AFTER a viciously xenophobic and violent campaign that even saw the unprecedented killing of a popular Labour MP, Jo Cox, the Brexit (Britain plus exit) camp secured a surprise victory in the UK referendum on leaving the European Union. 52 per cent (of the 72 per cent who voted in the referendum) chose to end the UK's 43-year-old association with the European Union (erstwhile European Economic Community). In the wake of this Brexit verdict, Prime Minister David Cameron, who campaigned to remain in the EU, resigned, the British Pound plummeted quite sharply and the share market has experienced a rude downward pull.
The result exposed a sharply divided Britain, geographically as well as generationally. Scotland, Northern Ireland and London voted overwhelmingly in favour of remain. Scotland, which had narrowly agreed to remain with the UK in another recent referendum, obviously feels quite unhappy with the verdict, and another referendum leading to an independent Scotland as a member of EU is now a distinct possibility. The question of independence of Northern Ireland and unification with the Irish Republic (an EU member) is also likely to assume renewed political relevance. In generational terms, the young clearly preferred to remain in the EU with 72 percent voters in the 18-24 age group voting 'Remain' as opposed to the 60 percent 'Leave' vote among pensioners. There is also a divide between cosmopolitan multi-cultural cities of Britain opting for European affiliation and the less ethnically diverse smaller towns, many of which are in regions of industrial decline, where the ‘Leave’ message found fertile ground.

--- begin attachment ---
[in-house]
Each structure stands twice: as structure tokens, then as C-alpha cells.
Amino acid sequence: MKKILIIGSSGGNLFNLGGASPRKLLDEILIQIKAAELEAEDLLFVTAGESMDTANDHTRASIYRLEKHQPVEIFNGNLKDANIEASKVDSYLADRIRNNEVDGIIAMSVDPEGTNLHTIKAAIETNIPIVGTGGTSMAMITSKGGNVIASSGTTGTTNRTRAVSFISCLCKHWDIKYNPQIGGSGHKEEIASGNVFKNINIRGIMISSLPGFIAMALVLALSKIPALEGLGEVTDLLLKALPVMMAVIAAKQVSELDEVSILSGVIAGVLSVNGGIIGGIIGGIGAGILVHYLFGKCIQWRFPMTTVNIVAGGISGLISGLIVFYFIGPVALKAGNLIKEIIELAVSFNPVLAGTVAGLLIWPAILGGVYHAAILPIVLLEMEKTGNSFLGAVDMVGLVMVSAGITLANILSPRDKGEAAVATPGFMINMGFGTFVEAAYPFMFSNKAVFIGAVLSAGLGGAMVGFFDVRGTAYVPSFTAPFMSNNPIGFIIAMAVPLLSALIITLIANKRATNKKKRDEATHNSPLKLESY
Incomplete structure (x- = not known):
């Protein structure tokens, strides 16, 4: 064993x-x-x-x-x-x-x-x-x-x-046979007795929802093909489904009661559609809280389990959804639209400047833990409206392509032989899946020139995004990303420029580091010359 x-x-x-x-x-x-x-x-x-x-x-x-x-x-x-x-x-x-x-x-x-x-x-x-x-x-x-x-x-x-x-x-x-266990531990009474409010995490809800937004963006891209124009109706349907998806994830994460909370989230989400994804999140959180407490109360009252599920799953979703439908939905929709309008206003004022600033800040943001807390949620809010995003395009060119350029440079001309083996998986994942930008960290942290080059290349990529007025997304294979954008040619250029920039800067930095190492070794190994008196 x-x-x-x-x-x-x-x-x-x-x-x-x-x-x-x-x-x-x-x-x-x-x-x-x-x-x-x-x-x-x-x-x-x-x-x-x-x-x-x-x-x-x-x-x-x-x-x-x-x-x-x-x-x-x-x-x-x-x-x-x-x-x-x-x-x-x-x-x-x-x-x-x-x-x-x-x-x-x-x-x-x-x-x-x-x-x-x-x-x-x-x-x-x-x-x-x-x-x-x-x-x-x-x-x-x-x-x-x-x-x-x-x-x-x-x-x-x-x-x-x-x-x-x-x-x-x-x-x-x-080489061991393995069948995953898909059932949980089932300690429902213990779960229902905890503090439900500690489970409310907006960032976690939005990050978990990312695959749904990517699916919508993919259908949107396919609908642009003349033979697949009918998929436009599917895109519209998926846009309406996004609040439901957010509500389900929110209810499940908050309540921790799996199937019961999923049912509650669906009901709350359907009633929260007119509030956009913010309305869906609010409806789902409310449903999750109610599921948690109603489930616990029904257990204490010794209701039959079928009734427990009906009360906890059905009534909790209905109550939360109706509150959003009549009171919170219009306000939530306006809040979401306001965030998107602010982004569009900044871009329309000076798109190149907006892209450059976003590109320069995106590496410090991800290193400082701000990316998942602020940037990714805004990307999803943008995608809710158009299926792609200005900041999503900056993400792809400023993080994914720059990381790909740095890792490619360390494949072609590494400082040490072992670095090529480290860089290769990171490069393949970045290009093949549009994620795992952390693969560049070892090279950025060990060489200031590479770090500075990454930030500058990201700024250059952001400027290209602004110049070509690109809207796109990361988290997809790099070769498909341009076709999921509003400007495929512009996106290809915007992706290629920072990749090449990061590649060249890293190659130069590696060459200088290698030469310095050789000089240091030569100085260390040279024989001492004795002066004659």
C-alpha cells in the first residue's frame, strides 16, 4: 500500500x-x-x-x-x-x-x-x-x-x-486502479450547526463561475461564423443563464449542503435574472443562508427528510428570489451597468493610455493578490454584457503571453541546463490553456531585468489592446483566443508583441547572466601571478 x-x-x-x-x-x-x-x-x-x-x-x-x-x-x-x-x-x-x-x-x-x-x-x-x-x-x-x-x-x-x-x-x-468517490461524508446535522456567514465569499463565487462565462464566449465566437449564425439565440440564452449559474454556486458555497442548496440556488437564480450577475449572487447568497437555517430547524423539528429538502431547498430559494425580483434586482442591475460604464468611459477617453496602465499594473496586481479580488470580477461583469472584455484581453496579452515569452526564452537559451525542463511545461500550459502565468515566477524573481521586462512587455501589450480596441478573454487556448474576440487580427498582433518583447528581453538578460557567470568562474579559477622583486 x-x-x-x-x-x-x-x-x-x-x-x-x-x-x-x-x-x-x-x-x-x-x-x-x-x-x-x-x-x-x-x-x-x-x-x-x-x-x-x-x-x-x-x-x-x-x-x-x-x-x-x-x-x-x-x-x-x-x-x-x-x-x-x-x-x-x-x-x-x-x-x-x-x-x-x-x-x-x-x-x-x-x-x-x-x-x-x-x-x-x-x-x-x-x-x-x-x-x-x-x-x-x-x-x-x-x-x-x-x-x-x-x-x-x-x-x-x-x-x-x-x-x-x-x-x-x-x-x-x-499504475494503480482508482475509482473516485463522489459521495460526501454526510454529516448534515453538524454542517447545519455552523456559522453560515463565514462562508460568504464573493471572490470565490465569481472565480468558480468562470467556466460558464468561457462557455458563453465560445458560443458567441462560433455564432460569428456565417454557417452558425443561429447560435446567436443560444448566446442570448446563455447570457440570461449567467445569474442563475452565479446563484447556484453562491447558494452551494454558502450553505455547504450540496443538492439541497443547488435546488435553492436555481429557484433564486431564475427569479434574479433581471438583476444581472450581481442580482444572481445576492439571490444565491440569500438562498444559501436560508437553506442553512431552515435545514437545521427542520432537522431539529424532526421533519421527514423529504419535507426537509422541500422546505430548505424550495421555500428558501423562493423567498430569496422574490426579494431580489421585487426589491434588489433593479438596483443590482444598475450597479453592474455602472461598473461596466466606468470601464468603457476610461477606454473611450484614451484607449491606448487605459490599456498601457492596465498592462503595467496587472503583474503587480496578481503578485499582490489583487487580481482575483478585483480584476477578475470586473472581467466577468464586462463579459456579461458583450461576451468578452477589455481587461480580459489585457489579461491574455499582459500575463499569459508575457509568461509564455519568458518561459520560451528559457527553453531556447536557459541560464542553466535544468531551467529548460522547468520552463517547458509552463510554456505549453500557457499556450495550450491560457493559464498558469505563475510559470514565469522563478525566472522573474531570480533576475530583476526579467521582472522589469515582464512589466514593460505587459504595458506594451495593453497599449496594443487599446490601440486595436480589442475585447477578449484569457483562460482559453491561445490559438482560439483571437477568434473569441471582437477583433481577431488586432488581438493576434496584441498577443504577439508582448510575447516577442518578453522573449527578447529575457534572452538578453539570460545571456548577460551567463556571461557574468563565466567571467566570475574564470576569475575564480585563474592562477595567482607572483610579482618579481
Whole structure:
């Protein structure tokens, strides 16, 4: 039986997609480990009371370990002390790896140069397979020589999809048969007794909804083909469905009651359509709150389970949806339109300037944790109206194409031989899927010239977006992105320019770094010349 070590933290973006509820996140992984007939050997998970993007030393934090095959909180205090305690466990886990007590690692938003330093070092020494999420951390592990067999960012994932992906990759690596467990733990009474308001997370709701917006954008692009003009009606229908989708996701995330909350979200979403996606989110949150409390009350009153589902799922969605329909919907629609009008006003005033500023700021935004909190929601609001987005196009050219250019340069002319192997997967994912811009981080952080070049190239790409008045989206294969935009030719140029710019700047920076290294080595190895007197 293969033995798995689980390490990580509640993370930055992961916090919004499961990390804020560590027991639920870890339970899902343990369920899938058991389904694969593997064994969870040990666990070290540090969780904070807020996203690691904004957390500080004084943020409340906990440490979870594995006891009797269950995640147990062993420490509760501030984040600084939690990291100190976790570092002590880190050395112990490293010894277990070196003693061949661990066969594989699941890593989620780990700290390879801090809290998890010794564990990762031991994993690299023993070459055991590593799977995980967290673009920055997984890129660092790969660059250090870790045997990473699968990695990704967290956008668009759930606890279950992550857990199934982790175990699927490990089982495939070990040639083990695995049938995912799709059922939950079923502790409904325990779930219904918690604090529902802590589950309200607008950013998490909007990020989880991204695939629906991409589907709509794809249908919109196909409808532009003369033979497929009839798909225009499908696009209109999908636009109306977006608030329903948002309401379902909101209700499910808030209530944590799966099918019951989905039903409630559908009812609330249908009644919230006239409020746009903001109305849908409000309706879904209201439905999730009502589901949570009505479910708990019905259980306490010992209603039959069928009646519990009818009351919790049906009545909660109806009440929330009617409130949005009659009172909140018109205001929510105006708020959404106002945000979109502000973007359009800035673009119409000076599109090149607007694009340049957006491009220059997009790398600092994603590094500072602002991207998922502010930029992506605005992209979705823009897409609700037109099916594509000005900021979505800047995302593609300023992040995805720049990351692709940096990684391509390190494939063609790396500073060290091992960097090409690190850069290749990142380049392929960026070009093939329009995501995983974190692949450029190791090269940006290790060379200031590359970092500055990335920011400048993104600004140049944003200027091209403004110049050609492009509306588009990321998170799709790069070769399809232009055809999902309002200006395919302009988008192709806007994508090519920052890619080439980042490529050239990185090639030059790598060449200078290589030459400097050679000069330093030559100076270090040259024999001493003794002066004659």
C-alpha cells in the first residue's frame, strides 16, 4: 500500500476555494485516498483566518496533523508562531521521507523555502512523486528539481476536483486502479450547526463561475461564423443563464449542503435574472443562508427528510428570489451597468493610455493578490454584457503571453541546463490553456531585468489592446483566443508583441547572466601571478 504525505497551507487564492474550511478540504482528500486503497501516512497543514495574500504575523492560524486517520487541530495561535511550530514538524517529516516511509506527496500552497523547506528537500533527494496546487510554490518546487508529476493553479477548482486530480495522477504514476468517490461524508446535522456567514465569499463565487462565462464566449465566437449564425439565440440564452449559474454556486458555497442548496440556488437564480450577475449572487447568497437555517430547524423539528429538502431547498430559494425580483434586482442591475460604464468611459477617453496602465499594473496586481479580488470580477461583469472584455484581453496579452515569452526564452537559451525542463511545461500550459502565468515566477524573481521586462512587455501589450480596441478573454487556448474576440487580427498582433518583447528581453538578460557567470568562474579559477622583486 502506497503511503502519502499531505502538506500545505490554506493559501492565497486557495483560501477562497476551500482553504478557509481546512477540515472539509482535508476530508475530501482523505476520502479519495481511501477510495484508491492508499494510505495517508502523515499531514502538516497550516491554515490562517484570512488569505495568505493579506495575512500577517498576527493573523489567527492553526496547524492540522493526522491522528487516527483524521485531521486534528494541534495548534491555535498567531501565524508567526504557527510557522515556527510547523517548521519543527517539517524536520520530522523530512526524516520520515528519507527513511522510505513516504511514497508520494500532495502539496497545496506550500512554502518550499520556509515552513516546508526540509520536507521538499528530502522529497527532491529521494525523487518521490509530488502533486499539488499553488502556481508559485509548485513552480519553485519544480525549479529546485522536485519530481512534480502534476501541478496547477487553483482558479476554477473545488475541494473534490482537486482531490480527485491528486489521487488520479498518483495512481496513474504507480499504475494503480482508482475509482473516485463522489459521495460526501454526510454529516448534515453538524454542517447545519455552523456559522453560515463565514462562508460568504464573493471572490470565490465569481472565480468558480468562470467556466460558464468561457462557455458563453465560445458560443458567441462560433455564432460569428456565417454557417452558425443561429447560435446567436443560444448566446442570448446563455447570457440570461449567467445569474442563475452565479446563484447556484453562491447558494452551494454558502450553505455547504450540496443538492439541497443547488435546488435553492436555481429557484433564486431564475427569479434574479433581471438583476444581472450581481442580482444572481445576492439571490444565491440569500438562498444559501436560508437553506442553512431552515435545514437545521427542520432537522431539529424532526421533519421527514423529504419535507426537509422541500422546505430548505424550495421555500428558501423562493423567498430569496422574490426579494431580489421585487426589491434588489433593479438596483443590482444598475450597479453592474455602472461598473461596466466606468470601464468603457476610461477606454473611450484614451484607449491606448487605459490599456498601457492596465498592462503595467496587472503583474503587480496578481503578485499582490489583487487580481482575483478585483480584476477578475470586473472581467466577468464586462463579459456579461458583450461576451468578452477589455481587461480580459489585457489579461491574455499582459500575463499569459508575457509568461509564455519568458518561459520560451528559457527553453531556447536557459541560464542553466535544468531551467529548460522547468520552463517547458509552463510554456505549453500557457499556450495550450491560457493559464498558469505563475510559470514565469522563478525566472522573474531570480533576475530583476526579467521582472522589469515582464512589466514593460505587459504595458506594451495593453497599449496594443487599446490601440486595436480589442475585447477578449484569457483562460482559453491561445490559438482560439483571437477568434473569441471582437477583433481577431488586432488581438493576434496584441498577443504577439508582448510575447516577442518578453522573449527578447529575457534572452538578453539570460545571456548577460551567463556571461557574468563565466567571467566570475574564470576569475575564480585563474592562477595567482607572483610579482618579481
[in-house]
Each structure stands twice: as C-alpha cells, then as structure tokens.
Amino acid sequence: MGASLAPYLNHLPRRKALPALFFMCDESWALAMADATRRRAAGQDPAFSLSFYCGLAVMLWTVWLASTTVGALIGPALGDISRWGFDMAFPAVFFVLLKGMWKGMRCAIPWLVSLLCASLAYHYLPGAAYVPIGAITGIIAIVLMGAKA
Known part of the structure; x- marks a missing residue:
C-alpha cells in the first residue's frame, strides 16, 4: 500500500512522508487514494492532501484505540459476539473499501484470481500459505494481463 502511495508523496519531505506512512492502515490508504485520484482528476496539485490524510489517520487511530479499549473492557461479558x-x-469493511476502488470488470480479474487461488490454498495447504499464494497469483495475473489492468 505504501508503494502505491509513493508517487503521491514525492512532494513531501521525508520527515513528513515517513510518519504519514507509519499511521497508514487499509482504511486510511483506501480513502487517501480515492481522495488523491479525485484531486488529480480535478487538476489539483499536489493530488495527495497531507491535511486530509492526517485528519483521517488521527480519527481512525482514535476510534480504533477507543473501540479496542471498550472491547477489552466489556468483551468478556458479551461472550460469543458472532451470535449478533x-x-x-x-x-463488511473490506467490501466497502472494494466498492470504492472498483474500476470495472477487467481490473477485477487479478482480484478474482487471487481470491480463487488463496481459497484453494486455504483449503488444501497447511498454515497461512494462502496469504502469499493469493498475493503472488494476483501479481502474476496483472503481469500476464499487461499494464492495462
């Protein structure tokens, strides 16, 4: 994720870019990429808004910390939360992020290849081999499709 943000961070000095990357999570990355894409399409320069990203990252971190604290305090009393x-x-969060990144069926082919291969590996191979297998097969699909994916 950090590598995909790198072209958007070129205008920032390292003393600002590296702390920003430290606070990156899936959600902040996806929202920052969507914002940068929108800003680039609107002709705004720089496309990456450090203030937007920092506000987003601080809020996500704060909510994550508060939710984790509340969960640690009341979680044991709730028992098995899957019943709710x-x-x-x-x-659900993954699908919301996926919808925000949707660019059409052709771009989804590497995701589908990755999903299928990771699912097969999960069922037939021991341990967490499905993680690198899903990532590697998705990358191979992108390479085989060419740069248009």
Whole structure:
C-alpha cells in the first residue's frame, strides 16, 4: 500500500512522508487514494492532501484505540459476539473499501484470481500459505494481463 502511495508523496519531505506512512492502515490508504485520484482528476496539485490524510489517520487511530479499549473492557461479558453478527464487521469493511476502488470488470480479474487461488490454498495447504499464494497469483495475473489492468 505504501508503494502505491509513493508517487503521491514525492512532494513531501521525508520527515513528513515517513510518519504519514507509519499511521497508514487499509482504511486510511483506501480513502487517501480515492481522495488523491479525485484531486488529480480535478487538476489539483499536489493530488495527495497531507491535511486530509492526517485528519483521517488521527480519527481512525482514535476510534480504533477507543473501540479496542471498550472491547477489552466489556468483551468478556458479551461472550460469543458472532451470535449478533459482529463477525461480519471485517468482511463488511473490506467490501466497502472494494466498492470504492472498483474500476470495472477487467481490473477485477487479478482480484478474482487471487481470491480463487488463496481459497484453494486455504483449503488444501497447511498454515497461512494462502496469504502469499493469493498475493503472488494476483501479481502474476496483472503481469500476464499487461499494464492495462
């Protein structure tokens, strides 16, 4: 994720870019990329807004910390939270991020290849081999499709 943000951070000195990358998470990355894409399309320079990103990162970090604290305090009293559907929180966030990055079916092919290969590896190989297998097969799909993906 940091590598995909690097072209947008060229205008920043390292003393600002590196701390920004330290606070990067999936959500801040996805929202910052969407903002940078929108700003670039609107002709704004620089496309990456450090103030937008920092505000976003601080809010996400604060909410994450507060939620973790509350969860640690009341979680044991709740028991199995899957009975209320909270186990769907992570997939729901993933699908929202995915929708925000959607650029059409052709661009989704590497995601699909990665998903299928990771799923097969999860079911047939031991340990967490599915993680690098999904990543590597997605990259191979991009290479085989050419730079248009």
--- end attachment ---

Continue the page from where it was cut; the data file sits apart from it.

Politically, the result was achieved then through the right’s opportunistic mobilization of widespread anger and frustration over austerity, and its appeal to deep-seated racism and jingoistic nationalism. The rabidly rightwing, racist and xenophobic UK Independence Party (UKIP) led by the rabble-rouser Nigel Farage, alongside the Conservative pro-Leave faction led by former London Mayor Boris Johnson, had built up the Brexit campaign with its virulent anti-immigrant anti-refugee rhetoric, effectively turning the vote into a referendum on immigration. It made more explicit what the mainstream parties had been doing for years - blaming migrants and refugees for the effects of austerity policies, unemployment, low pay, and the housing crisis, with a toxic campaign which spread the falsehood that EU membership forces Britain to take in large numbers of refugees and migrants (in fact numbers of non-European refugees and migrants entering the UK - the real focus of UKIP’s hate campaign - have remained far lower than for other EU countries).
It is perhaps no coincidence that on the morning of the day that a supporter of the far-right Britain First group murdered the MP Jo Cox, who was an advocate for refugee rights, Nigel Farage had unveiled his new poster campaign which showed a long line of Syrian refugees with the slogan ‘Breaking Point’. Tapping into the popular anger over years of austerity which have eroded the welfare state, most notably the National Health Service (NHS), another of the ‘Leave’ campaign’s most successful slogans was the lie that freedom from the EU would enable Britain to increase National Health Service (NHS) funding by £350m, a claim which was immediately retracted by Farage, Johnson et al on the day after the referendum, when its purpose had been served. By and large, Labour supporters voted for 'Remain'. A section of voters who voted Leave however publicly regretted their decision, and millions of voters raised the demand for a second referendum since the result was so close.
David Cameron called the referendum in a self-serving and, as it turned out, spectacularly ill-judged attempt to pacify the Eurosceptic sections of his own Conservative Party and prevent them from defecting to UKIP. These pro-Brexit Tories, like Boris Johnson and the much derided former Education Secretary Michael Gove, having used the referendum to further their own political careers, turned out to have little plan for what to do next.